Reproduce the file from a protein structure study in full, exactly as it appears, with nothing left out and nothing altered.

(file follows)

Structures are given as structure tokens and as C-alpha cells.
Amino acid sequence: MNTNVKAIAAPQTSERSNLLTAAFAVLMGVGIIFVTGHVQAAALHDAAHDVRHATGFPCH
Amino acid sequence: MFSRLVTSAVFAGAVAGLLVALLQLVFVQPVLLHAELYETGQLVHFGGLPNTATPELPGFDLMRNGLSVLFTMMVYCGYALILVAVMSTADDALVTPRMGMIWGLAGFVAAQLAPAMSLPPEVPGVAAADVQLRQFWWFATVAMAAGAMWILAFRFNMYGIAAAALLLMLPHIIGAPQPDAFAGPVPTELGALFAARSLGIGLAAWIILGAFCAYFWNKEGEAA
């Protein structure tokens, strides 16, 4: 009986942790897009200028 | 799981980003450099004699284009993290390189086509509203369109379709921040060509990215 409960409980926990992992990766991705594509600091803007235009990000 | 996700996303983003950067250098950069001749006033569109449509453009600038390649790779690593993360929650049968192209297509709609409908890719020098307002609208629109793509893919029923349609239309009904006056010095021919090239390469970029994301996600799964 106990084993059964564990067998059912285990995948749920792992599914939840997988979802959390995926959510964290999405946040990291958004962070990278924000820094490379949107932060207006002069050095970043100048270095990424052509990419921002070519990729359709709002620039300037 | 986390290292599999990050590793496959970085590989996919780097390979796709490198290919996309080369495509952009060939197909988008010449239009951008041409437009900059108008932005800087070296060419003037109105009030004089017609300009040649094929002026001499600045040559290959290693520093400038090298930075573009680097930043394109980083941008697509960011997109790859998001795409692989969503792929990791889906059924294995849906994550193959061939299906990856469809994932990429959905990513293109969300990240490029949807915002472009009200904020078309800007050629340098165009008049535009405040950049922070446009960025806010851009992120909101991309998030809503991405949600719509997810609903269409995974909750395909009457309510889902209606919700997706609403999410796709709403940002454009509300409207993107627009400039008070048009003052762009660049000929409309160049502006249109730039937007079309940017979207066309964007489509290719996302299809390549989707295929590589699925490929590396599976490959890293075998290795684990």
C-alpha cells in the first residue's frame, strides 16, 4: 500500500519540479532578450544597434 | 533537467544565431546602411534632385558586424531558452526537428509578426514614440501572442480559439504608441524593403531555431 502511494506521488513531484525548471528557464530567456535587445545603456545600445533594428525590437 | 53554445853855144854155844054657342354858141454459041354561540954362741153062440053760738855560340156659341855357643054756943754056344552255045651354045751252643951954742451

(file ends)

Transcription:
Structures are given as structure tokens and as C-alpha cells.
Amino acid sequence: MNTNVKAIAAPQTSERSNLLTAAFAVLMGVGIIFVTGHVQAAALHDAAHDVRHATGFPCH
Amino acid sequence: MFSRLVTSAVFAGAVAGLLVALLQLVFVQPVLLHAELYETGQLVHFGGLPNTATPELPGFDLMRNGLSVLFTMMVYCGYALILVAVMSTADDALVTPRMGMIWGLAGFVAAQLAPAMSLPPEVPGVAAADVQLRQFWWFATVAMAAGAMWILAFRFNMYGIAAAALLLMLPHIIGAPQPDAFAGPVPTELGALFAARSLGIGLAAWIILGAFCAYFWNKEGEAA
């Protein structure tokens, strides 16, 4: 009986942790897009200028 | 799981980003450099004699284009993290390189086509509203369109379709921040060509990215 409960409980926990992992990766991705594509600091803007235009990000 | 996700996303983003950067250098950069001749006033569109449509453009600038390649790779690593993360929650049968192209297509709609409908890719020098307002609208629109793509893919029923349609239309009904006056010095021919090239390469970029994301996600799964 106990084993059964564990067998059912285990995948749920792992599914939840997988979802959390995926959510964290999405946040990291958004962070990278924000820094490379949107932060207006002069050095970043100048270095990424052509990419921002070519990729359709709002620039300037 | 986390290292599999990050590793496959970085590989996919780097390979796709490198290919996309080369495509952009060939197909988008010449239009951008041409437009900059108008932005800087070296060419003037109105009030004089017609300009040649094929002026001499600045040559290959290693520093400038090298930075573009680097930043394109980083941008697509960011997109790859998001795409692989969503792929990791889906059924294995849906994550193959061939299906990856469809994932990429959905990513293109969300990240490029949807915002472009009200904020078309800007050629340098165009008049535009405040950049922070446009960025806010851009992120909101991309998030809503991405949600719509997810609903269409995974909750395909009457309510889902209606919700997706609403999410796709709403940002454009509300409207993107627009400039008070048009003052762009660049000929409309160049502006249109730039937007079309940017979207066309964007489509290719996302299809390549989707295929590589699925490929590396599976490959890293075998290795684990």
C-alpha cells in the first residue's frame, strides 16, 4: 500500500519540479532578450544597434 | 533537467544565431546602411534632385558586424531558452526537428509578426514614440501572442480559439504608441524593403531555431 502511494506521488513531484525548471528557464530567456535587445545603456545600445533594428525590437 | 53554445853855144854155844054657342354858141454459041354561540954362741153062440053760738855560340156659341855357643054756943754056344552255045651354045751252643951954742451